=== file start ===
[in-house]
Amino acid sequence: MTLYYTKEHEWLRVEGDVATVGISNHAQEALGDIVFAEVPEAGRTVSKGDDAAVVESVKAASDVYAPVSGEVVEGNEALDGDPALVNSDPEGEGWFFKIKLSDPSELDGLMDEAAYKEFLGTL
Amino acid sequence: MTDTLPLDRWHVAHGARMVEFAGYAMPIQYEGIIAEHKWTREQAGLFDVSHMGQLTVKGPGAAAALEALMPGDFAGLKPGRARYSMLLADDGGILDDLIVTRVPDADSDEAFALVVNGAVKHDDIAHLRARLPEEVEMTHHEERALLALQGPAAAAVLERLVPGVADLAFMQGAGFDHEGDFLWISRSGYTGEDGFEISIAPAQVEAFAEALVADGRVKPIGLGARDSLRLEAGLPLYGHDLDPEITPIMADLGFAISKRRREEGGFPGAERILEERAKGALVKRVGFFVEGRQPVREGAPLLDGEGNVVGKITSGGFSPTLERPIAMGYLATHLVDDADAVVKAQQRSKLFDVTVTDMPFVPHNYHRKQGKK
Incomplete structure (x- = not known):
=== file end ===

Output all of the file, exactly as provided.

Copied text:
[in-house]
Amino acid sequence: MTLYYTKEHEWLRVEGDVATVGISNHAQEALGDIVFAEVPEAGRTVSKGDDAAVVESVKAASDVYAPVSGEVVEGNEALDGDPALVNSDPEGEGWFFKIKLSDPSELDGLMDEAAYKEFLGTL
Amino acid sequence: MTDTLPLDRWHVAHGARMVEFAGYAMPIQYEGIIAEHKWTREQAGLFDVSHMGQLTVKGPGAAAALEALMPGDFAGLKPGRARYSMLLADDGGILDDLIVTRVPDADSDEAFALVVNGAVKHDDIAHLRARLPEEVEMTHHEERALLALQGPAAAAVLERLVPGVADLAFMQGAGFDHEGDFLWISRSGYTGEDGFEISIAPAQVEAFAEALVADGRVKPIGLGARDSLRLEAGLPLYGHDLDPEITPIMADLGFAISKRRREEGGFPGAERILEERAKGALVKRVGFFVEGRQPVREGAPLLDGEGNVVGKITSGGFSPTLERPIAMGYLATHLVDDADAVVKAQQRSKLFDVTVTDMPFVPHNYHRKQGKK
Incomplete structure (x- = not known):